HBO series shows Wild West at its most grim

Are you ready for the grimmest Western ever? The 12-episode series "Deadwood" (9 p.m. Sunday, HBO) brings a touch of "Oz" and "The Sopranos" to the fabled land where the buffalo roamed. For starters, it's the most energetically profane horse opera ever filmed. I tried to count the number of times the "F" word was used, but I couldn't keep up. Besides, I was distracted by even more powerful and ugly language, and that was only in the first 10 minutes.

"Deadwood" takes place in 1876, only weeks after the disaster at Little Big Horn. Located in South Dakota's Sioux territory, the town of Deadwood offers drifters, crooks and gold prospectors a legal and moral purgatory where they can squander their money in whorehouses and saloons. Oh, I forgot to mention, most of the action here takes place in a brothel.

Ian McShane turns in a memorable performance as Al Swearengen, the heartless proprietor of the above-mentioned institutions. Keith Carradine looks great as gunslinger and gambling addict Wild Bill Hickok. Other notable characters in this sprawling cast of doomed travelers include Brad Dourif as the town's corrupt doctor, Paula Malcomson as a frequently beaten prostitute, and Powers Booth as Al's rival and the local vice lord.

While I've never liked phony Westerns like "Dr. Quinn, Medicine Woman" that use the era as an antiseptic backdrop for heroes and heroines riding around in Eddie Bauer outfits, "Deadwood" is so obsessed in wallowing in human ugliness that it often approaches brutal parody. The production values are superb and many of the performance are fine, but the subject matter often falls outside my personal parameters of "entertainment." I had similar feelings and misgivings about "Oz." Help yourself.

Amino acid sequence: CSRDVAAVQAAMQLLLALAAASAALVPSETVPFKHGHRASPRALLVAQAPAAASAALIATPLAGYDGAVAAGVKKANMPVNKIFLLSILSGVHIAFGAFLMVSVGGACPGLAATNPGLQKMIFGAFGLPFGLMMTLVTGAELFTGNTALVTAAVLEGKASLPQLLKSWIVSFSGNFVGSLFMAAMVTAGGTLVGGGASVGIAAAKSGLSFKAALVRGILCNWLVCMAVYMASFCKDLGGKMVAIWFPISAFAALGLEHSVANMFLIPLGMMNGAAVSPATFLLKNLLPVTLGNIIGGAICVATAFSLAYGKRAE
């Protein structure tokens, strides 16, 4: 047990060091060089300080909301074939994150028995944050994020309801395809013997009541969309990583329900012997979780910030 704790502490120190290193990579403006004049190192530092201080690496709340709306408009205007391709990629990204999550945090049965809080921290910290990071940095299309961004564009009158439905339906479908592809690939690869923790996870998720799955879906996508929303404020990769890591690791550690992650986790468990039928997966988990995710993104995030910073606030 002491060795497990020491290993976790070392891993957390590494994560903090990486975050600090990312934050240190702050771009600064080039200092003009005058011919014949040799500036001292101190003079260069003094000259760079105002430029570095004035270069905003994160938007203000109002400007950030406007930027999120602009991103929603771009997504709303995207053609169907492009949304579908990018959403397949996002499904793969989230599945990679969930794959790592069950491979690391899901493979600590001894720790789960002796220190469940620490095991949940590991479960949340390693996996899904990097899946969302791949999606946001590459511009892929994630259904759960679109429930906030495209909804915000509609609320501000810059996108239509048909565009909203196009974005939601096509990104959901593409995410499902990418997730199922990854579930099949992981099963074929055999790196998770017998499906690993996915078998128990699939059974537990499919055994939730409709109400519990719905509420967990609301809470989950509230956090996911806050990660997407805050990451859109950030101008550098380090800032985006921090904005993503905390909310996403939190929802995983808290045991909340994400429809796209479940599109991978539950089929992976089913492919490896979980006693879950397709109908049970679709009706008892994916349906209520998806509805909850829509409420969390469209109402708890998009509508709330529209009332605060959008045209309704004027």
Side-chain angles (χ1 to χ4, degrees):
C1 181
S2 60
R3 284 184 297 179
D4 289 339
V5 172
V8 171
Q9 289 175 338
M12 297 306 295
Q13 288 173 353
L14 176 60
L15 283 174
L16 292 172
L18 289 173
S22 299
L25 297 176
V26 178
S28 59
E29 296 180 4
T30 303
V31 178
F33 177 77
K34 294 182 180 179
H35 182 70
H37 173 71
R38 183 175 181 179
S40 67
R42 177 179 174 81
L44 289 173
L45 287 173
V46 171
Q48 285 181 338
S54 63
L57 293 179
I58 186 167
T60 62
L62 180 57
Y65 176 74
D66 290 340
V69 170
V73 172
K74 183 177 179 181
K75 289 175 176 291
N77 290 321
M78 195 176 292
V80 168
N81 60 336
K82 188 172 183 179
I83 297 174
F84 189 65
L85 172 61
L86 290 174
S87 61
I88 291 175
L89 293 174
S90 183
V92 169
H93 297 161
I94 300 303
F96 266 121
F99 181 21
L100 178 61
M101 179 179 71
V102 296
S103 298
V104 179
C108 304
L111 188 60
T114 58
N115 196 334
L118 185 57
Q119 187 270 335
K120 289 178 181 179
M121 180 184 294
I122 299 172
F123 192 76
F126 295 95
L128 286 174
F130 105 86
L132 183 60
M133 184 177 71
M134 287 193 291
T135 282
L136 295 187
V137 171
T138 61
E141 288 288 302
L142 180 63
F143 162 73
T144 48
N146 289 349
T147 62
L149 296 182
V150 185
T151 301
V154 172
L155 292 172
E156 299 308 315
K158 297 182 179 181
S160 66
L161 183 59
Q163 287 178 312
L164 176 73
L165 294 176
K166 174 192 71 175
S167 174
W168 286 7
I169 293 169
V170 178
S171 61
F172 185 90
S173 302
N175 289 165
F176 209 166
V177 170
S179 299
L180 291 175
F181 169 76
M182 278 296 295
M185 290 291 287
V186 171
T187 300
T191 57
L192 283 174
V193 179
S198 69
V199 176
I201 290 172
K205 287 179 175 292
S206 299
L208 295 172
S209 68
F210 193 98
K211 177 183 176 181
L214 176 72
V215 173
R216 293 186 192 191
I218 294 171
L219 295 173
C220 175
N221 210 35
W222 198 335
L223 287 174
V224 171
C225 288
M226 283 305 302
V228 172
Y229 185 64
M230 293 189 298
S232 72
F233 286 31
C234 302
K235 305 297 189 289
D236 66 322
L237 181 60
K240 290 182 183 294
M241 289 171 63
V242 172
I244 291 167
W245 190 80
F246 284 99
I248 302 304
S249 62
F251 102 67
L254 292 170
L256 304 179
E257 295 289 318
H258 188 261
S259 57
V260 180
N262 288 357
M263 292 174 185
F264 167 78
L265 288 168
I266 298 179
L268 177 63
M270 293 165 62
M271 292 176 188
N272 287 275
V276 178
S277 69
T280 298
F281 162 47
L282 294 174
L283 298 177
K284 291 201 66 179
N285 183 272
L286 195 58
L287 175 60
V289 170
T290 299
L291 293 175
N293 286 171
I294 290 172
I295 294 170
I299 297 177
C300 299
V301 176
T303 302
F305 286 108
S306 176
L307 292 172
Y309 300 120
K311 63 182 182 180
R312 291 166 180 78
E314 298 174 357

Tonight's highlights

  • The NCAA Basketball Tournament (6 p.m., CBS) continues.
  • The music of Phil Collins animates the 1999 cartoon musical "Tarzan" (7 p.m., ABC).
  • Approaching middle age, three pals (Luke Wilson, Will Ferrell and Vince Vaughn) form their own fraternity in the 2003 comedy "Old School" (7 p.m., HBO).
  • A new set of eyes may disqualify a ballplayer on "Century City" (9 p.m., CBS).

Sunday's other highlights

  • Scheduled on "60 Minutes" (6 p.m., CBS): former White House counterterrorism adviser Richard Clarke.
  • Tyra Banks guest stars on "American Dreams" (7 p.m., NBC).

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